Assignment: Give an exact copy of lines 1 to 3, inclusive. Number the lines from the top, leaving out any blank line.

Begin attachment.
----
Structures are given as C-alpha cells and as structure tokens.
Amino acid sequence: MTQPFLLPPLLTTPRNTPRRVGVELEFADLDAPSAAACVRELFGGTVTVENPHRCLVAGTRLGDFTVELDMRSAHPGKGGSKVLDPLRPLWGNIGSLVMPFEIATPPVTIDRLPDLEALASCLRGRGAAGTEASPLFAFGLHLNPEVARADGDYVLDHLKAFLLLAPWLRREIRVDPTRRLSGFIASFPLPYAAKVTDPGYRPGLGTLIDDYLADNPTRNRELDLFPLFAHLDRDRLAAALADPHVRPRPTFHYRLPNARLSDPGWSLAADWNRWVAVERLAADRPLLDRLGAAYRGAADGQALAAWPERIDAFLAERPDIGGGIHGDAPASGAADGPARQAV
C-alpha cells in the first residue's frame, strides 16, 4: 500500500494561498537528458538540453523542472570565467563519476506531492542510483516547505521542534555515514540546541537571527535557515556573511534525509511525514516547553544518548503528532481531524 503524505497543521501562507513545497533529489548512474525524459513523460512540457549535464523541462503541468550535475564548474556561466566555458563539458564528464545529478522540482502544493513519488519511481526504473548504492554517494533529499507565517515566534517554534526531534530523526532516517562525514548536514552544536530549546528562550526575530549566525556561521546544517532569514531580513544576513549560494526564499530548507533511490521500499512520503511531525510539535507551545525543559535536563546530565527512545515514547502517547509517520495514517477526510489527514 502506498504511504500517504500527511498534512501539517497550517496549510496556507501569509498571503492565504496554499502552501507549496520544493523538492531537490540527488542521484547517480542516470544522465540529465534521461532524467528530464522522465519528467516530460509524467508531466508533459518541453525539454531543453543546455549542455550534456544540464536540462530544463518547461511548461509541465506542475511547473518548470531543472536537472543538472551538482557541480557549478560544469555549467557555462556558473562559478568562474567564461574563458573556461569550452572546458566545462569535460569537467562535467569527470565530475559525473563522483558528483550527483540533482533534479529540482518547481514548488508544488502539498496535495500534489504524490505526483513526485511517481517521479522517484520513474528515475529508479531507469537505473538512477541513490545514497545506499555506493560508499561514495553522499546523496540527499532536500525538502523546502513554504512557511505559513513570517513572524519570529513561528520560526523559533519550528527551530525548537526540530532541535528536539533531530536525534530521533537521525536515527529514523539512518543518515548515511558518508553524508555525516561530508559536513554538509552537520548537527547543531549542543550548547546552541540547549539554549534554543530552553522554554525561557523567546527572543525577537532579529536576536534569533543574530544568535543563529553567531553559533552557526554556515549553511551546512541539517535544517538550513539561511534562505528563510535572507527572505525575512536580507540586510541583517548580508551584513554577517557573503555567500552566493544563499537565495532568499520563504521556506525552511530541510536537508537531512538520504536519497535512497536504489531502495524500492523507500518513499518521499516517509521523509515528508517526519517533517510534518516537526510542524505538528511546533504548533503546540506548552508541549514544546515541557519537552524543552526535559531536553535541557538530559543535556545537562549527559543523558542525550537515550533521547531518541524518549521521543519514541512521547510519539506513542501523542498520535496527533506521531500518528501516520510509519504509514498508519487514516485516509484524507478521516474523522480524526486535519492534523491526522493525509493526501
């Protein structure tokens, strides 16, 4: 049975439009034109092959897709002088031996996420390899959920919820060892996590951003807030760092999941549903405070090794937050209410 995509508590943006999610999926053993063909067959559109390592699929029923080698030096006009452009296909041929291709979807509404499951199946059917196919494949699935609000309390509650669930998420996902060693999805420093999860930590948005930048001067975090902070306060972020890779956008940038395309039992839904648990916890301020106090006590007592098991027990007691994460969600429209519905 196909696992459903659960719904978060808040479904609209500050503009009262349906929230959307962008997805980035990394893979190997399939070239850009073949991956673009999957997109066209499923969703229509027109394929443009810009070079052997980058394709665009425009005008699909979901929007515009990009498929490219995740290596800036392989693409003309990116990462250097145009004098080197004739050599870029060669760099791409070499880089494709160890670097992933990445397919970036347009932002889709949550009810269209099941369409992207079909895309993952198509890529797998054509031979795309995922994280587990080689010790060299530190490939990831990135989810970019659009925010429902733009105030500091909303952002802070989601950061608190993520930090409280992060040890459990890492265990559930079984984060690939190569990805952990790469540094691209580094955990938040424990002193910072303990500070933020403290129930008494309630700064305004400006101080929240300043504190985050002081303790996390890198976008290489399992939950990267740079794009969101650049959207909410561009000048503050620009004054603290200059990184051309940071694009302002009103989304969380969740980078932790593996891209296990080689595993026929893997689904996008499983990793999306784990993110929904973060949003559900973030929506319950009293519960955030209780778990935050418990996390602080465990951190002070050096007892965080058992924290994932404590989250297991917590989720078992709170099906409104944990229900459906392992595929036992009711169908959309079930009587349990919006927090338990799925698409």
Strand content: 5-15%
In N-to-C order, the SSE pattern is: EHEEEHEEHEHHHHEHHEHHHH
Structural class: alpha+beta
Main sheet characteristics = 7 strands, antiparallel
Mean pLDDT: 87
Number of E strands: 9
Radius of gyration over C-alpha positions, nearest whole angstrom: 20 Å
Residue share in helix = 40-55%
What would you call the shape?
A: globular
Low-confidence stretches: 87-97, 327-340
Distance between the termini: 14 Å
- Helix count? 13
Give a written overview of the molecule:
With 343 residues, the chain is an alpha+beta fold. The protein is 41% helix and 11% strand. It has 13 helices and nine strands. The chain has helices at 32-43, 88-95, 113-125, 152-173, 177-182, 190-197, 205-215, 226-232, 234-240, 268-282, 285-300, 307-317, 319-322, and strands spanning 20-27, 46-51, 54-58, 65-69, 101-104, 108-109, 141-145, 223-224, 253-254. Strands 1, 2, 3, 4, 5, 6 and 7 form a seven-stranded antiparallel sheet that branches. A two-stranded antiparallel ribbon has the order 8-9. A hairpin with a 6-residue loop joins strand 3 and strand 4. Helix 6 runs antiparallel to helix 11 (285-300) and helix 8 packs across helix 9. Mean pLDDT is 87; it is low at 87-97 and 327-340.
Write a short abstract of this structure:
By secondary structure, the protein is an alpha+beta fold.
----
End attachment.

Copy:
Structures are given as C-alpha cells and as structure tokens.
Amino acid sequence: MTQPFLLPPLLTTPRNTPRRVGVELEFADLDAPSAAACVRELFGGTVTVENPHRCLVAGTRLGDFTVELDMRSAHPGKGGSKVLDPLRPLWGNIGSLVMPFEIATPPVTIDRLPDLEALASCLRGRGAAGTEASPLFAFGLHLNPEVARADGDYVLDHLKAFLLLAPWLRREIRVDPTRRLSGFIASFPLPYAAKVTDPGYRPGLGTLIDDYLADNPTRNRELDLFPLFAHLDRDRLAAALADPHVRPRPTFHYRLPNARLSDPGWSLAADWNRWVAVERLAADRPLLDRLGAAYRGAADGQALAAWPERIDAFLAERPDIGGGIHGDAPASGAADGPARQAV
C-alpha cells in the first residue's frame, strides 16, 4: 500500500494561498537528458538540453523542472570565467563519476506531492542510483516547505521542534555515514540546541537571527535557515556573511534525509511525514516547553544518548503528532481531524 503524505497543521501562507513545497533529489548512474525524459513523460512540457549535464523541462503541468550535475564548474556561466566555458563539458564528464545529478522540482502544493513519488519511481526504473548504492554517494533529499507565517515566534517554534526531534530523526532516517562525514548536514552544536530549546528562550526575530549566525556561521546544517532569514531580513544576513549560494526564499530548507533511490521500499512520503511531525510539535507551545525543559535536563546530565527512545515514547502517547509517520495514517477526510489527514 502506498504511504500517504500527511498534512501539517497550517496549510496556507501569509498571503492565504496554499502552501507549496520544493523538492531537490540527488542521484547517480542516470544522465540529465534521461532524467528530464522522465519528467516530460509524467508531466508533459518541453525539454531543453543546455549542455550534456544540464536540462530544463518547461511548461509541465506542475511547473518548470531543472536537472543538472551538482557541480557549478560544469555549467557555462556558473562559478568562474567564461574563458573556461569550452572546458566545462569535460569537467562535467569527470565530475559525473563522483558528483550527483540533482533534479529540482518547481514548488508544488502539498496535495500534489504524490505526483513526485511517481517521479522517484520513474528515475529508479531507469537505473538512477541513490545514497545506499555506493560508499561514495553522499546523496540527499532536500525538502523546502513554504512557511505559513513570517513572524519570529513561528520560526523559533519550528527551530525548537526540530532541535528536539533531530536525534530521533537521525536515527529514523539512518543518515548515511558518508553524508555525516561530508559536513554538509552537520548537527547543531549542543550548547546552541540547549539554549534554543530552553522554554525561557523567546527572543525577537532579529536576536534569533543574530544568535543563529553567531553559533552557526554556515549553511551546512541539517535544517538550513539561511534562505528563510535572507527572505525575512536580507540586510541583517548580508551584513554577517557573503555567500552566493544563499537565495532568499520563504521556506525552511530541510536537508537531512538520504536519497535512497536504489531502495524500492523507500518513499518521499516517509521523509515528508517526519517533517510534518516537526510542524505538528511546533504548533503546540506548552508541549514544546515541557519537552524543552526535559531536553535541557538530559543535556545537562549527559543523558542525550537515550533521547531518541524518549521521543519514541512521547510519539506513542501523542498520535496527533506521531500518528501516520510509519504509514498508519487514516485516509484524507478521516474523522480524526486535519492534523491526522493525509493526501